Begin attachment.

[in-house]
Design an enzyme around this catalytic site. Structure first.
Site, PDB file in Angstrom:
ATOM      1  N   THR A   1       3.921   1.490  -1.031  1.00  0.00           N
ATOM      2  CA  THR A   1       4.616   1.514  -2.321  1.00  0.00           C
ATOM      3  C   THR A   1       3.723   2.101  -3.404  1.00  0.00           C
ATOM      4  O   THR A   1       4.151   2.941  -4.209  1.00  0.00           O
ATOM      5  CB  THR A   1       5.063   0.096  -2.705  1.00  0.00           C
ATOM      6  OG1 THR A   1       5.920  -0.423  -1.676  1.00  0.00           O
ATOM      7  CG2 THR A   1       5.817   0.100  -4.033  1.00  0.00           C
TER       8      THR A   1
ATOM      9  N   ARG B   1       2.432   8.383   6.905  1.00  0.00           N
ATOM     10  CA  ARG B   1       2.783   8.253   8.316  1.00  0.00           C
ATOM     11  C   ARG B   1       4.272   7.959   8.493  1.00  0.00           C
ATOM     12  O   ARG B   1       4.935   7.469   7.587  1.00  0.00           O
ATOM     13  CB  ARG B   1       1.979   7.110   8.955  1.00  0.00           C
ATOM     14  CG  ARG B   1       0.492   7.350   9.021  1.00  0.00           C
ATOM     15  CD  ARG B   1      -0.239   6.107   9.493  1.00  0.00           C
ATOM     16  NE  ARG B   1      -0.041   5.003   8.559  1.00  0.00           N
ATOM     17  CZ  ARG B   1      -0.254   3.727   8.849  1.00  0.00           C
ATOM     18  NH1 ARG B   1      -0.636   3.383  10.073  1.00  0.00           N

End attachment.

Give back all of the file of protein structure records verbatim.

[in-house]
Design an enzyme around this catalytic site. Structure first.
Site, PDB file in Angstrom:
ATOM      1  N   THR A   1       3.921   1.490  -1.031  1.00  0.00           N
ATOM      2  CA  THR A   1       4.616   1.514  -2.321  1.00  0.00           C
ATOM      3  C   THR A   1       3.723   2.101  -3.404  1.00  0.00           C
ATOM      4  O   THR A   1       4.151   2.941  -4.209  1.00  0.00           O
ATOM      5  CB  THR A   1       5.063   0.096  -2.705  1.00  0.00           C
ATOM      6  OG1 THR A   1       5.920  -0.423  -1.676  1.00  0.00           O
ATOM      7  CG2 THR A   1       5.817   0.100  -4.033  1.00  0.00           C
TER       8      THR A   1
ATOM      9  N   ARG B   1       2.432   8.383   6.905  1.00  0.00           N
ATOM     10  CA  ARG B   1       2.783   8.253   8.316  1.00  0.00           C
ATOM     11  C   ARG B   1       4.272   7.959   8.493  1.00  0.00           C
ATOM     12  O   ARG B   1       4.935   7.469   7.587  1.00  0.00           O
ATOM     13  CB  ARG B   1       1.979   7.110   8.955  1.00  0.00           C
ATOM     14  CG  ARG B   1       0.492   7.350   9.021  1.00  0.00           C
ATOM     15  CD  ARG B   1      -0.239   6.107   9.493  1.00  0.00           C
ATOM     16  NE  ARG B   1      -0.041   5.003   8.559  1.00  0.00           N
ATOM     17  CZ  ARG B   1      -0.254   3.727   8.849  1.00  0.00           C
ATOM     18  NH1 ARG B   1      -0.636   3.383  10.073  1.00  0.00           N